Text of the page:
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'Travel Now Equals Quarantine': State Officials Restrict Out-Of-State Travel

A mostly red map of the northeastern United States with a few spots of green, yellow and blue.
Department of Financial Regulation, Courtesy
The cross-travel map updated by state officials, seen here with data for Nov. 10, is currently suspended, and all out-of-state travel now requires quarantine.

Gov. Phil Scott on Tuesday enacted new measures to limit interstate travel and expand coronavirus testing as the state’s top health official warned that Vermont is on the “threshold” of a major surge in COVID-19.A steady rise in new cases over the past month has sent COVID-19 case counts to their highest point since spring. With coronavirus infections forecast to jump by more than 100% in the Northeast over the next six weeks, Scott on Tuesday temporarily halted a travel policy that allowed out-of-staters to visit Vermont without having to self-quarantine.

“Even though we still lead the country in so many ways, and we’re not seeing the alarming growth many of our neighbors are, we have to take action to make sure we don’t,” Scott said during a media briefing Tuesday.

More from Vermont Edition: Vermont Urges Vigilance As COVID-19 Cases Increase

Surveillance testing

The new travel restrictions are part of a slate of new initiatives that public health officials are using to curb the recent spike in COVID-19 in Vermont.

Commissioner of Health Mark Levine said the state is also contracting with a Massachusetts-based firm, called CIC Health, to expand “surveillance” testing across Vermont.

"Everything's on the table, and we'll just have to see how successful we are in trying to put these measures forward." - Gov. Phil Scott

The company will offer daily testing at locations across the state, and will administer monthly COVID-19 tests to all teachers and staff at every public school in Vermont.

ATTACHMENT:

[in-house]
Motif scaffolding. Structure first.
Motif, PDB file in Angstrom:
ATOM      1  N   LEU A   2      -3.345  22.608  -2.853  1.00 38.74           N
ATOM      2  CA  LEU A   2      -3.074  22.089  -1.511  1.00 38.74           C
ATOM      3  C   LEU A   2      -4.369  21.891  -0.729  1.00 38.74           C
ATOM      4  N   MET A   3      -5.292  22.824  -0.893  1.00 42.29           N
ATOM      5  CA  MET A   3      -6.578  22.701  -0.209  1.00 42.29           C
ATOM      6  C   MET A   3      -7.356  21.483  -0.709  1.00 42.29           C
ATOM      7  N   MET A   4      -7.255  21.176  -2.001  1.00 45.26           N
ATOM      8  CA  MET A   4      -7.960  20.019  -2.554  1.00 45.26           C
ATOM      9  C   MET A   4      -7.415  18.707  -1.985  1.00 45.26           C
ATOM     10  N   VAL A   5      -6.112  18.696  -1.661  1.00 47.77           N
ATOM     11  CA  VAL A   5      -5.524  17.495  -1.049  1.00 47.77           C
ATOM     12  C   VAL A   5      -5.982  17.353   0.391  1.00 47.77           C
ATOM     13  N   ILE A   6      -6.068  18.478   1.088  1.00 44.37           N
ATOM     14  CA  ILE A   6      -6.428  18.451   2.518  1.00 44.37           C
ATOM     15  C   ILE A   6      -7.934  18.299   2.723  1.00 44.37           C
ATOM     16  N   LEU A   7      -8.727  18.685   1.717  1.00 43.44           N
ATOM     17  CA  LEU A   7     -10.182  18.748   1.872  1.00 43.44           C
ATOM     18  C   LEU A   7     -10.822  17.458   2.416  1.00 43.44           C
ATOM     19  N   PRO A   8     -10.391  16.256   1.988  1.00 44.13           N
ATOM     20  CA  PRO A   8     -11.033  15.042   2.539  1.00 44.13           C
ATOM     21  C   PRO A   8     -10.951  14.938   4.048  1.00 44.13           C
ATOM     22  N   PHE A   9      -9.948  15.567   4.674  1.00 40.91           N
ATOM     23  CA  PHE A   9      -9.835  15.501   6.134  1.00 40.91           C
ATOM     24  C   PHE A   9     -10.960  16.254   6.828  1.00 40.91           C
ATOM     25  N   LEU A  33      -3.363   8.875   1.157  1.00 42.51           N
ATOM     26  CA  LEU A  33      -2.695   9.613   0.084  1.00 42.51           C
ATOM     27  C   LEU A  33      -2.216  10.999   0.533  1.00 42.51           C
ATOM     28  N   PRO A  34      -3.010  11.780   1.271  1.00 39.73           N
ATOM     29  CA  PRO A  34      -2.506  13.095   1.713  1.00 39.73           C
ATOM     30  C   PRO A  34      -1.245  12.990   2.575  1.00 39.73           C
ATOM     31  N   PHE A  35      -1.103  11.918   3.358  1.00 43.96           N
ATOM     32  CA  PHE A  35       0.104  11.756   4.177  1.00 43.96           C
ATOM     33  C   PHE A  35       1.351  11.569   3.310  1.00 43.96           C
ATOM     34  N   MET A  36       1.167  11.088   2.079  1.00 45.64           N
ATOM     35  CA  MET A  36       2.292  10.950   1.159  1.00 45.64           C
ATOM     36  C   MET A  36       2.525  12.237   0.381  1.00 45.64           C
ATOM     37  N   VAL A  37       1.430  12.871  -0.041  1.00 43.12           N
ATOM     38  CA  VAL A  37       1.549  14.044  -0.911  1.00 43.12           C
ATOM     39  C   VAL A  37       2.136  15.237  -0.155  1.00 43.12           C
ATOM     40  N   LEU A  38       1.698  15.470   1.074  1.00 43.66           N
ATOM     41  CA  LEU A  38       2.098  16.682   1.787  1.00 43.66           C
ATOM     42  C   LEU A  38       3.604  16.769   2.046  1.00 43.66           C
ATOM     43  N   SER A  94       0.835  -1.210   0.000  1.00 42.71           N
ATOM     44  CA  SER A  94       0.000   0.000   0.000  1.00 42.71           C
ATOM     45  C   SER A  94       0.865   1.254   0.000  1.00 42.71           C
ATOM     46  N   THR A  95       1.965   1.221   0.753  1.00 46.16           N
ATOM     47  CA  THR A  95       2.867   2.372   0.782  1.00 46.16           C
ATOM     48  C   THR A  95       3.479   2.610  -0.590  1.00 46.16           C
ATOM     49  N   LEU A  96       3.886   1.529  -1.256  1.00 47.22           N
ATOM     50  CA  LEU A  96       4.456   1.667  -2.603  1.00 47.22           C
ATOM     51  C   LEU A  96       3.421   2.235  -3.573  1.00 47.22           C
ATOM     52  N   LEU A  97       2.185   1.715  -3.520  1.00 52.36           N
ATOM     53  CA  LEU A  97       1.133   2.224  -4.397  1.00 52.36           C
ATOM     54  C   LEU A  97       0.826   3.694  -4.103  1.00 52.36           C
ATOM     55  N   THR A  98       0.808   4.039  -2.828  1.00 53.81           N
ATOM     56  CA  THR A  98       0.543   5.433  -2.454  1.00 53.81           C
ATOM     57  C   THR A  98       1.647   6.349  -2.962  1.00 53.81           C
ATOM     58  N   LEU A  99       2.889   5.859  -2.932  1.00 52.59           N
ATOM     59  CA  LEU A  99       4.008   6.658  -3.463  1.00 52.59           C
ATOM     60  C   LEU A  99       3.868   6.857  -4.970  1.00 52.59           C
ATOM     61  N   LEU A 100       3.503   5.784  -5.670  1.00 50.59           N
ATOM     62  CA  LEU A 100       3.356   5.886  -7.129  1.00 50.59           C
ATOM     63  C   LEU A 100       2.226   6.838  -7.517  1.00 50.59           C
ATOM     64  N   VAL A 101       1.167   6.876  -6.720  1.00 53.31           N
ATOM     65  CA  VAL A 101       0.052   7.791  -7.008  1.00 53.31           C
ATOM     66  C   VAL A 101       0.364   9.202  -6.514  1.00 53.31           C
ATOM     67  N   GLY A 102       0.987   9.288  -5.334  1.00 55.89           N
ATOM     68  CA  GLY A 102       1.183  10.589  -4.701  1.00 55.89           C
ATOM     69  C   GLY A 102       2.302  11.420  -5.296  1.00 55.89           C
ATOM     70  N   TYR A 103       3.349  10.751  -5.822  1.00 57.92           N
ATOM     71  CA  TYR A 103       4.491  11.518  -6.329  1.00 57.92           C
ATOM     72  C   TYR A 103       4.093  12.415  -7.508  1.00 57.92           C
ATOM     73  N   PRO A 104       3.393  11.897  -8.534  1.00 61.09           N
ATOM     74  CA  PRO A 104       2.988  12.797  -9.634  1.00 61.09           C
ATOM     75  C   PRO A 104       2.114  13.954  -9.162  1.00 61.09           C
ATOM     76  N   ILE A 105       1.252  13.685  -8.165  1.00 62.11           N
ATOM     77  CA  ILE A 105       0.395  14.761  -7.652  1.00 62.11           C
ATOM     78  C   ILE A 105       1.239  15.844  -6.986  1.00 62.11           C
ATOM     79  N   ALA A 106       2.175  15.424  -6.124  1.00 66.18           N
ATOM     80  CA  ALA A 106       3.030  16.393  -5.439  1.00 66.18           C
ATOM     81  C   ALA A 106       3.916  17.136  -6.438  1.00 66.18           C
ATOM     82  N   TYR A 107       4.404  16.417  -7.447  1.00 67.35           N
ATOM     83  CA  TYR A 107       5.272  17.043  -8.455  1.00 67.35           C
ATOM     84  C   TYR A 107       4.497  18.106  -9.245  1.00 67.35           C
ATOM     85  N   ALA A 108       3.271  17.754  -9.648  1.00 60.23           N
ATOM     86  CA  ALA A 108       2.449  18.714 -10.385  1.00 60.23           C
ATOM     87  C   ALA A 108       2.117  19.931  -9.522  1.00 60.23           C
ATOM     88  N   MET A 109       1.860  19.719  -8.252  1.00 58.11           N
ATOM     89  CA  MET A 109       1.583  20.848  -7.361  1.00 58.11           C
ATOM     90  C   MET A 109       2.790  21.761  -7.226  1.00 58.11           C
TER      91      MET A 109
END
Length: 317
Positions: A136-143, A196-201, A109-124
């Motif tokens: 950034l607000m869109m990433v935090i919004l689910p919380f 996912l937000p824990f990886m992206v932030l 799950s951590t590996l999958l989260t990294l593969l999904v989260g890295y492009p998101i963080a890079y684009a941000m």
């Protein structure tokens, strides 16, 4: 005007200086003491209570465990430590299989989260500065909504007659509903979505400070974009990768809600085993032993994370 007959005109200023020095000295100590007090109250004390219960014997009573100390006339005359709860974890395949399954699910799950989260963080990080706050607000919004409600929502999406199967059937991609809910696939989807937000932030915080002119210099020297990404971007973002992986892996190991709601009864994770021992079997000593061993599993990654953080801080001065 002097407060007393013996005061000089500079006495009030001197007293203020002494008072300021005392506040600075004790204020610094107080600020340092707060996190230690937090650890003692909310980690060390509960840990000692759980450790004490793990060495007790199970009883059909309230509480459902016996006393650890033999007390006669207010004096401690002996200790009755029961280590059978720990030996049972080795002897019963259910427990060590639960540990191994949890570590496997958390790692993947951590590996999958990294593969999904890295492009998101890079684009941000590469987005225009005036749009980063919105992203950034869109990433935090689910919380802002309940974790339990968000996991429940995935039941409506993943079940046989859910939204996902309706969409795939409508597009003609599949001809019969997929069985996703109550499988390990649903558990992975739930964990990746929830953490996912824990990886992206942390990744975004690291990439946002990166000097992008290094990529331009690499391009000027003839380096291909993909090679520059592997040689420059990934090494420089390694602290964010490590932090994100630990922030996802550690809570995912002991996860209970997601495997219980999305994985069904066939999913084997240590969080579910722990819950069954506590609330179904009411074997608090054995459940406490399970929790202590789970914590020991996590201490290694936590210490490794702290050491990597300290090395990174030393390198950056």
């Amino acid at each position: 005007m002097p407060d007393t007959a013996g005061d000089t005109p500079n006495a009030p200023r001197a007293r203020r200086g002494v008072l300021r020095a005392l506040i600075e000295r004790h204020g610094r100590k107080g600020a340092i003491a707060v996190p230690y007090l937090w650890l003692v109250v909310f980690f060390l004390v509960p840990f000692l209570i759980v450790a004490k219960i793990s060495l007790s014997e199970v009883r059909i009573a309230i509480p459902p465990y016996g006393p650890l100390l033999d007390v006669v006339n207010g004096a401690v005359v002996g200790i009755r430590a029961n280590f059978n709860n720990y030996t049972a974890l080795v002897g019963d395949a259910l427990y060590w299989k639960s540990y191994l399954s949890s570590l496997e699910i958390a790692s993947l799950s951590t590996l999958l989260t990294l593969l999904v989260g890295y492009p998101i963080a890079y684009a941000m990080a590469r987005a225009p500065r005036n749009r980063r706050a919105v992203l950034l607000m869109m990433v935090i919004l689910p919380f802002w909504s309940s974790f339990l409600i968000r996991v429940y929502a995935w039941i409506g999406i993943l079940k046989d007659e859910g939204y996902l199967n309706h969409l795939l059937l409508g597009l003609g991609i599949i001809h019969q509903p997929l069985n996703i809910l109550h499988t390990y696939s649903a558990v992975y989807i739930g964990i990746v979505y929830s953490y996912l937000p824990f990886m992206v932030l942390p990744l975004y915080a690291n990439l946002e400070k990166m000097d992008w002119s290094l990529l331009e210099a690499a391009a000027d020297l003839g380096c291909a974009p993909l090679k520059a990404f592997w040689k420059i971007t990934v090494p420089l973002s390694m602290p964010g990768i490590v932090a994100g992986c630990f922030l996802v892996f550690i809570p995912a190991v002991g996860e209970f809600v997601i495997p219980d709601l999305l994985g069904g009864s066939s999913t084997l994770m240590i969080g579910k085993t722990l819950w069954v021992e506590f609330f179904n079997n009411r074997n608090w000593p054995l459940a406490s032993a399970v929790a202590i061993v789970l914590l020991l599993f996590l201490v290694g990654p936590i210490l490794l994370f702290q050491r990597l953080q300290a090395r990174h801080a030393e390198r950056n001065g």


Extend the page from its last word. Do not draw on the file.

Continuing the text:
Levine said surveillance testing will help his department more accurately gauge the prevalence of COVID-19 in Vermont.

More from VPR: Burlington’s Wastewater Surveillance Detects Localized Uptick In COVID-19

“So that that will allow us to quickly contain it and prevent the kinds of clusters and outbreaks we are seeing,” Levine said.

The Department of Health is now investigating 20 such outbreaks across the state. The largest outbreak, linked to an ice sports facility in central Vermont, has infected 125 people, according to Levine.

Vermont is ‘on a threshold’

Hospitalizations are also on the rise in Vermont. And Levine said Vermont is at a crossroads in its efforts to contain the virus.

“We are truly on a threshold here,” Levine said Tuesday. “And the decisions we make today will truly determine our future. And I don’t mean our long-term future. I mean our immediate future.”

Scott pleaded with Vermonters Tuesday to follow public health guidelines. And he again urged residents to forego out-of-state travel plans for the Thanksgiving holiday.

"We are truly on a threshold here, and the decisions we make today will truly determine our future. And I don't mean our long-term future. I mean our immediate future." - Mark Levine, commissioner of health

He said he’ll consider a return to the more restrictive “Stay Home” orders he issued at the outset of the pandemic, if case counts continue to rise.

“Everything’s on the table and we’ll just have to see how successful we are in trying to put these measures forward,” Scott said. “And we’ll take action as needed as we move forward.”

Scott said he’s taking more aggressive action now to ensure that lodging facilities are complying with public health guidelines.

More from VPR: Burlington Mayor Calls For Extra Caution As Local Case Counts Rise

Commissioner of Public Safety Michael Schirling said state police and other public safety officials will begin conducting random compliance checks at inns and hotels to make sure they aren’t admitting out-of-state guests who’ve violated quarantine orders.

Schirling said police will try to educate non-compliant establishments on public health guidelines. But he said authorities may resort to enforcement action if necessary.

“If substantial noncompliance is found – multiple violations, staff or ownership that are actively resistant to education efforts or safety guidance – referrals may be made to the attorney general’s office,” Schirling said.

Have questions, comments or tips? Send us a message or get in touch with reporter Peter Hirschfeld @PeteHirschfeld.

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The Vermont Statehouse is often called the people’s house. I am your eyes and ears there. I keep a close eye on how legislation could affect your life; I also regularly speak to the people who write that legislation.
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